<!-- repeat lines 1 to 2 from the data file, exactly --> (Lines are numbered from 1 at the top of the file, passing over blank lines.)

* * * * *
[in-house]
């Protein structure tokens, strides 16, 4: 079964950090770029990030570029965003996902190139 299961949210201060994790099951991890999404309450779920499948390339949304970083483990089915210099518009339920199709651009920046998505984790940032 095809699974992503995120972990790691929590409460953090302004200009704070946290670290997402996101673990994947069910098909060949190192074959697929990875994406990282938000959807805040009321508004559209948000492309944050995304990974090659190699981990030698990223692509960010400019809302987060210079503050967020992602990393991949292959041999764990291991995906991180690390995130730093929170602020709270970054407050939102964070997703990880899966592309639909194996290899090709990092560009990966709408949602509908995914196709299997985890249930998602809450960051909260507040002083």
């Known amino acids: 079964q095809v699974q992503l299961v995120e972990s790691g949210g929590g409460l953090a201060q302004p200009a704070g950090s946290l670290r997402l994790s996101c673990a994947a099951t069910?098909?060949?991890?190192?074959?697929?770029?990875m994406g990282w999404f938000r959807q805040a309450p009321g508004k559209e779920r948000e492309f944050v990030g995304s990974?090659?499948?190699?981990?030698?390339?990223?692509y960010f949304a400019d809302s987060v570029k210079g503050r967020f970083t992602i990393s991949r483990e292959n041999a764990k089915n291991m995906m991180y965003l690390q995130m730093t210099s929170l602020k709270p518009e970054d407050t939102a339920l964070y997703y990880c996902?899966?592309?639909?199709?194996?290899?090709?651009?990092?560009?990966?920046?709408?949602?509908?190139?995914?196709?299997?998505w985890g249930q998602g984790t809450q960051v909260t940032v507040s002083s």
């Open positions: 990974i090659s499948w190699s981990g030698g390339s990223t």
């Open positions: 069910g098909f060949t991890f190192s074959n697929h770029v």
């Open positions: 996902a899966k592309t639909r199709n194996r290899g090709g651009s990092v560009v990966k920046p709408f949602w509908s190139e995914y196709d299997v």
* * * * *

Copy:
[in-house]
């Protein structure tokens, strides 16, 4: 079964950090770029990030570029965003996902190139 299961949210201060994790099951991890999404309450779920499948390339949304970083483990089915210099518009339920199709651009920046998505984790940032 095809699974992503995120972990790691929590409460953090302004200009704070946290670290997402996101673990994947069910098909060949190192074959697929990875994406990282938000959807805040009321508004559209948000492309944050995304990974090659190699981990030698990223692509960010400019809302987060210079503050967020992602990393991949292959041999764990291991995906991180690390995130730093929170602020709270970054407050939102964070997703990880899966592309639909194996290899090709990092560009990966709408949602509908995914196709299997985890249930998602809450960051909260507040002083």